When Louisiana’s new governor, Democrat John Bel Edwards, floated the prospect of imposing higher taxes and slashing corporate tax breaks to a largely Republican energy industry crowd struggling through a prolonged downturn due to collapsed crude prices, he wasn’t booed off the stage.

Indeed, reaction to Edwards’ revenue-raising proposals, made in a speech Thursday to the Louisiana Oil and Gas Association, was anything but hostile: He was greeted by standing applause before he started his speech and after he finished.

“He’s got an incredible challenge ahead of him,” said Chris John, president of the Mid-Continent Oil and Gas Association who attended the LOGA event in Lake Charles. “I think there was relief that we’re finally going to face our fiscal challenge in Louisiana.”

“At least he’s not talking about kicking the can down the street,” said John, a reference to the budget practices of Louisiana’s last governor.

Edwards was sworn into office in early January and walked into a financial mess: a $750 million hole in the current-year budget, and a projected $1.9 billion deficit in the 2016-17 fiscal year that begins July 1. And there is no money left in the various funds that former Gov. Bobby Jindal used to plug budget holes.

Edwards will ask legislators in February to adopt a temporary 1-cent sales tax and to eliminate corporate tax exemptions. Edwards also said he’ll ask the Legislature to call a statewide election on whether to keep the constitutionally protected federal income tax credit.

On Thursday, Edwards poked fun at the fact he was addressing an association that backed his opponent — Republican Sen. David Vitter — for governor last year.

“I may not be that person you supported for governor. … But I am your governor,” Edwards said.

It was Jindal, not Edwards, who received the bulk of criticism in one-on-one conversations among LOGA members.

“I would have preferred to see a Republican candidate win the election,” said Erick Knezek, a Lafayette Parish School Board member who owns an oilfield service company. “Republicans would have addressed (the fiscal crisis) differently.”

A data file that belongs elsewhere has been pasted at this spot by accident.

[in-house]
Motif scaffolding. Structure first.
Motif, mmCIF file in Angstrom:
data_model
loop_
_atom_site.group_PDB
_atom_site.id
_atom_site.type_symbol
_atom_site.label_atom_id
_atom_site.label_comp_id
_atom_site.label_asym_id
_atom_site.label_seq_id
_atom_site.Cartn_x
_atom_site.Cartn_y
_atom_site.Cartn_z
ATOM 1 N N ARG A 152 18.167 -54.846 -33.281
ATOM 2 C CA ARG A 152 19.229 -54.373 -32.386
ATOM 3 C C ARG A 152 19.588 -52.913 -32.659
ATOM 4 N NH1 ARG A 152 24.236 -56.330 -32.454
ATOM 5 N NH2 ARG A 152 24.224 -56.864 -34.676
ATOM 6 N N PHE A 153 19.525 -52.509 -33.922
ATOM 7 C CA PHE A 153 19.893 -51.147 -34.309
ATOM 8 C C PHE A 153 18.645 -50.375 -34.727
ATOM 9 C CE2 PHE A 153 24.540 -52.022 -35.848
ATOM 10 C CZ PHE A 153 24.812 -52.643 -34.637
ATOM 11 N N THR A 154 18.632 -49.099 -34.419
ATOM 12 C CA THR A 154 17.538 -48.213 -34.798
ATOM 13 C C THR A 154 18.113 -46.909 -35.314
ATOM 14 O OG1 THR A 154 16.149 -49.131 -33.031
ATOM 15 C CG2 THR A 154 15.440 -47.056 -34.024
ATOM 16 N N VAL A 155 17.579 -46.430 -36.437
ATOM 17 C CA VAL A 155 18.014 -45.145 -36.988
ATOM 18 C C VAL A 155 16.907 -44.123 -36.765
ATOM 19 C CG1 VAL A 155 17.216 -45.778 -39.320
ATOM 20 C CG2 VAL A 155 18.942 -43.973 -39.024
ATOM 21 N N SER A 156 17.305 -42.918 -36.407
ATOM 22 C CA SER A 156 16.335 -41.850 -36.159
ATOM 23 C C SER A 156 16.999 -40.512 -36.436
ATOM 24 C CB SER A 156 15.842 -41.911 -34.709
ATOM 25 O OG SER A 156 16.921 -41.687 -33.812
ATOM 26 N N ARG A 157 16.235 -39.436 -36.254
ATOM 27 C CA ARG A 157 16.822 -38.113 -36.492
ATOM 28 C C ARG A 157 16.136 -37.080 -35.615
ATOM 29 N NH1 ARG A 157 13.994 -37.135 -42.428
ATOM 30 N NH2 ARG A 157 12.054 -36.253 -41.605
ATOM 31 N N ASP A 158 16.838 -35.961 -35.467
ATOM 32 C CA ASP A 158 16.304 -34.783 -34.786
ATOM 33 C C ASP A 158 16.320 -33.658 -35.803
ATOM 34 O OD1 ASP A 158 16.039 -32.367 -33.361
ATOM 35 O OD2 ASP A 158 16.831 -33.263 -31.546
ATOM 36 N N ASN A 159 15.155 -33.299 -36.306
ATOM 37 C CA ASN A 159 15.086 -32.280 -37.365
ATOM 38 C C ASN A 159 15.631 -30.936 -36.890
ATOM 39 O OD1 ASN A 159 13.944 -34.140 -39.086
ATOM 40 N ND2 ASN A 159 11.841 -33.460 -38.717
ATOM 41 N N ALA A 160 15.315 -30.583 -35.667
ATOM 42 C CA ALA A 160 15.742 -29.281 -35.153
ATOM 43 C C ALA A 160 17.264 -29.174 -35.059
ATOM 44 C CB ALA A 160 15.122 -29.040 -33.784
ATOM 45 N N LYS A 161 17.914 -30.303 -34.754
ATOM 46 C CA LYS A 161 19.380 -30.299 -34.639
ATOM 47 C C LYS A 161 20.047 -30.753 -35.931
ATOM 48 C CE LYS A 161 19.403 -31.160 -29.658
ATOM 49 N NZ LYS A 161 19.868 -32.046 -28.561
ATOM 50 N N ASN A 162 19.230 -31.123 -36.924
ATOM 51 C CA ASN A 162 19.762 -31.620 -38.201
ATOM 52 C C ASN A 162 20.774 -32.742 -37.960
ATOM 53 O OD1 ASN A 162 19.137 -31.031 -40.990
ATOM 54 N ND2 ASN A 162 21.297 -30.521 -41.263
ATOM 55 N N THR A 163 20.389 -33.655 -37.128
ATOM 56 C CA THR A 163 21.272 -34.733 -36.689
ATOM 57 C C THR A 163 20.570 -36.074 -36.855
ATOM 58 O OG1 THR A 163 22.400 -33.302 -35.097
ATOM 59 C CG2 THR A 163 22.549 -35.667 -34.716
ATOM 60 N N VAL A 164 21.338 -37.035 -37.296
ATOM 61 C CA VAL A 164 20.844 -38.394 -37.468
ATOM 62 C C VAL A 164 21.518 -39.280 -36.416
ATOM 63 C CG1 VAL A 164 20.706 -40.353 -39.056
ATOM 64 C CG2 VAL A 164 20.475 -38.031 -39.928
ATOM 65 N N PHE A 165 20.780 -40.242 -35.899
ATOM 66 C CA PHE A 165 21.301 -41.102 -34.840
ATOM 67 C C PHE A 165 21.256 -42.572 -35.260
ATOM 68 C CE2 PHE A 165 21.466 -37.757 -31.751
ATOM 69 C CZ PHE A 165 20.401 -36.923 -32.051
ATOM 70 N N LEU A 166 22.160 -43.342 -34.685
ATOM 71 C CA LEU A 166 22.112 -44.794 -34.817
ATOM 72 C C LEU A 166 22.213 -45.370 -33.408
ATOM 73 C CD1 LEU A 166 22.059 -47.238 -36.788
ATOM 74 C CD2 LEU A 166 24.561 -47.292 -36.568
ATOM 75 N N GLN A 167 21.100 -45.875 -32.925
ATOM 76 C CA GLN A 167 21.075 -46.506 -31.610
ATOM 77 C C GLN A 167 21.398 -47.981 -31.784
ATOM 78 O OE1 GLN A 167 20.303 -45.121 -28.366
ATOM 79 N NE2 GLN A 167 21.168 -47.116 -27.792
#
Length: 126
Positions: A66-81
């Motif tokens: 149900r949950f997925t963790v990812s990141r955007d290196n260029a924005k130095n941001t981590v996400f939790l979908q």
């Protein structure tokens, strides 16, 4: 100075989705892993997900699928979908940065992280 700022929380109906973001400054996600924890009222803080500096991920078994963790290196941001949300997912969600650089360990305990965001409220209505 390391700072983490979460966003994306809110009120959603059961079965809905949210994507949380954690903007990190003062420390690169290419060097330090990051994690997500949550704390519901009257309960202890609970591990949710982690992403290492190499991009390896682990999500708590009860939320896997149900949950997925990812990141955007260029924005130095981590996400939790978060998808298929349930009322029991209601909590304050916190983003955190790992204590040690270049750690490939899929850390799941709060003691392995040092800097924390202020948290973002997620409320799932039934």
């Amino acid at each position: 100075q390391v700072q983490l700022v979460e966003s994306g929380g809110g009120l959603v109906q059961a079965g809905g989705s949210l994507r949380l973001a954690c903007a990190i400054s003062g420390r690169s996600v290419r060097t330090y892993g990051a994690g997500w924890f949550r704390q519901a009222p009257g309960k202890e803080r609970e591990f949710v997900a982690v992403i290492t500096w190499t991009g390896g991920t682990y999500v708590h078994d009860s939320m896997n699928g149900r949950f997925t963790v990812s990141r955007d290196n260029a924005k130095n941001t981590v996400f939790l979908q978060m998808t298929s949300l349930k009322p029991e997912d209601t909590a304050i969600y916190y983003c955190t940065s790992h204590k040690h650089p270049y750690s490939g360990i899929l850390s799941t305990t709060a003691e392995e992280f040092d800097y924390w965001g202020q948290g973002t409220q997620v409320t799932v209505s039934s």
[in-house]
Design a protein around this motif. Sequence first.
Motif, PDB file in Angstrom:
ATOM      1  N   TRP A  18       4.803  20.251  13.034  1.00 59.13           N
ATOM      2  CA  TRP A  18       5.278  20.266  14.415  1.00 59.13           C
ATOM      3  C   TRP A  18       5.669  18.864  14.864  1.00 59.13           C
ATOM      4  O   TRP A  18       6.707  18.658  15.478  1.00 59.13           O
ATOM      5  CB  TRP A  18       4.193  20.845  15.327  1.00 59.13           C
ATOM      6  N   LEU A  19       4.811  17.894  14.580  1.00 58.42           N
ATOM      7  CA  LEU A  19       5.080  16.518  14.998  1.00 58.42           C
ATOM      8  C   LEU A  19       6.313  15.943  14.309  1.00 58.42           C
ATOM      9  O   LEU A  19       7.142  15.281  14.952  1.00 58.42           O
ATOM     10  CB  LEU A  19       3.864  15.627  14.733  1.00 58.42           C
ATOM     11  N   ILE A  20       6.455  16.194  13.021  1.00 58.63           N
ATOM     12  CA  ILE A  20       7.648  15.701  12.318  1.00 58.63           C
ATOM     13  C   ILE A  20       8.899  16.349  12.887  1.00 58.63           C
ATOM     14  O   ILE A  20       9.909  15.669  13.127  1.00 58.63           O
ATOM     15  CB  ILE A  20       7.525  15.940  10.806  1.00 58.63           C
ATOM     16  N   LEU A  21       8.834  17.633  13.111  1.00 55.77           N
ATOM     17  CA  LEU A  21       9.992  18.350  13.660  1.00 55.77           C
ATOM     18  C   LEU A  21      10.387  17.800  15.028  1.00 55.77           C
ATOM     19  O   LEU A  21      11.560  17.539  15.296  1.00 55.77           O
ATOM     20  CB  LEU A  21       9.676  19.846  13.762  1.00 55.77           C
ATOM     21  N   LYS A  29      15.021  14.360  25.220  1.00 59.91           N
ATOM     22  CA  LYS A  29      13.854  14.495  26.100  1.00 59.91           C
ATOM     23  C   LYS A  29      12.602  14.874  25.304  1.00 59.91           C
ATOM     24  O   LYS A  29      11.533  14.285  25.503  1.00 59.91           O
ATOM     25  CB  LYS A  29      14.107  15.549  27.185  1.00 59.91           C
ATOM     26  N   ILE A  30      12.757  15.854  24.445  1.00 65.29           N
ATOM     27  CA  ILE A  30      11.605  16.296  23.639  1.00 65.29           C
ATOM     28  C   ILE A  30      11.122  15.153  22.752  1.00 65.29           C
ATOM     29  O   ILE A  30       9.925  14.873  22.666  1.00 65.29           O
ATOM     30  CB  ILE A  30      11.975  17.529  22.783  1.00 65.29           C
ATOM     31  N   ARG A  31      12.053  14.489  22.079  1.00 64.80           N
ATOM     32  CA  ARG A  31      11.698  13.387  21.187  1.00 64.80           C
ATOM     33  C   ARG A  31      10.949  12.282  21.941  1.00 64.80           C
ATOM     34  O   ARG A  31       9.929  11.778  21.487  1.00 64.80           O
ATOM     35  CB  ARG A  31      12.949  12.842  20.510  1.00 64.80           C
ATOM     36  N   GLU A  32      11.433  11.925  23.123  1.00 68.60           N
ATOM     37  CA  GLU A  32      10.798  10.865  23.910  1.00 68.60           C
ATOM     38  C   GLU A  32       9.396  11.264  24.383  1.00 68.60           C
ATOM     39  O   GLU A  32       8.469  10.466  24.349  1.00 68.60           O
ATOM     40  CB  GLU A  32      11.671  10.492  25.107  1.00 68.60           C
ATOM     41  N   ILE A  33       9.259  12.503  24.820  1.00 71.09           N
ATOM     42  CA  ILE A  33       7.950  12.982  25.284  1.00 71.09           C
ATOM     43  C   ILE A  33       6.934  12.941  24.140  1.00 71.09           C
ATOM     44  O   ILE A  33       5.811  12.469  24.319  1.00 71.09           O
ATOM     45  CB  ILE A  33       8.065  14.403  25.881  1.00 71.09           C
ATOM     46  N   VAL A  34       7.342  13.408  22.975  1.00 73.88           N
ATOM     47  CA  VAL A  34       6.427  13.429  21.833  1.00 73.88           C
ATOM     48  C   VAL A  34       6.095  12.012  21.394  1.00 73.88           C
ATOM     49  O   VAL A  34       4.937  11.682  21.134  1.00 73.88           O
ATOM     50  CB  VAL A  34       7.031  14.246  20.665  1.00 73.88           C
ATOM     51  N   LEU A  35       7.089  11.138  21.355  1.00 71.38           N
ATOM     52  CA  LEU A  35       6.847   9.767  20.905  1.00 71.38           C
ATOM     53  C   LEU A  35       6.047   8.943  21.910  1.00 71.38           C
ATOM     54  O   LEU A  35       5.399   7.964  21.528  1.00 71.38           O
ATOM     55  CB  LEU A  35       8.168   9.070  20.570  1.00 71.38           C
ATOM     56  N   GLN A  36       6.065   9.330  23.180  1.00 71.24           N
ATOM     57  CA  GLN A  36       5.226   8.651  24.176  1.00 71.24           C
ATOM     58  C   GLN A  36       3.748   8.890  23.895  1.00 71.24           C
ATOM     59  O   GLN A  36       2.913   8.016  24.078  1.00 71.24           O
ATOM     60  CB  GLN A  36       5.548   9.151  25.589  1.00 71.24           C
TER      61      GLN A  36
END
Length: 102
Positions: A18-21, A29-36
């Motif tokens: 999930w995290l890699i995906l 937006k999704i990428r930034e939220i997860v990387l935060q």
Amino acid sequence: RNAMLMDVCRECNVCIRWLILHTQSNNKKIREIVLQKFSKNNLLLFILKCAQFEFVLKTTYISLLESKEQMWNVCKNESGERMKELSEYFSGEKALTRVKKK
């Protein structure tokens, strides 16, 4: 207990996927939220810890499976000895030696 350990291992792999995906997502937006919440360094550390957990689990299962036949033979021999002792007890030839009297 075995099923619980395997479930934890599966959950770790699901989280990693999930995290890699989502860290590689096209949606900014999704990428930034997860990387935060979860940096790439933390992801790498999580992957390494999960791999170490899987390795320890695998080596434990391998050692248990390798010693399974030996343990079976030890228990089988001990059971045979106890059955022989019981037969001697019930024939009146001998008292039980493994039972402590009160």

Reminded that Jindal was a Republican, Knezek quipped, “Jindal was a presidential candidate for eight years.”

The harshest criticism of Edwards’ plan came from state Treasurer John Kennedy, who repeated his often-used phrase about Louisiana having a spending problem, not a revenue problem.

And he made a prediction: “It will be the largest tax increase Louisiana has ever seen,” said Kennedy, a Democrat-turned-Republican who is running this year for the U.S. Senate.

Don Briggs, who formed LOGA in 1992 and remains its president, acknowledged at a mid-January association meeting in Lafayette that the state’s budget is in tatters. Briggs also said at the time that he was skeptical about how Edwards would find the $2.65 billion needed for this year and next.

“Where are they going to make that up? On the backs of industry,” he said. Briggs added that Edwards is “a good guy, a good man. … But he’s always on the other side of the fence on” issues important to LOGA.

After hearing Edwards in Lake Charles, Briggs said, “I, for one, am excited.”

Edwards has reached into the Republican ranks to pull veteran politicians into his administration: Former Lt. Gov. Jay Dardenne, who also was a candidate for governor last year, is now Edwards’ commissioner of administration. And former Sen. Robert Adley is the executive director of the Louisiana Offshore Terminal Authority.

Adley, a longtime legislator in both the state House and Senate, owns Pelican Gas Management and serves on the Southern States Energy Board.

He introduced Edwards to LOGA on Thursday.

John, of the Mid-Continental Oil and Gas Association, said the governor can expect opposition to his tax plans; erasing the exemption of the industrial utility tax would hit hard the chemical plants the association lobbies for.

“I don’t think any of us is going to lay down on taxes on businesses. We understand our roles,” John said.

But bringing Adley into the loop and enlisting energy industry help “certainly signals to us that (Edwards) wants to work together,” John said.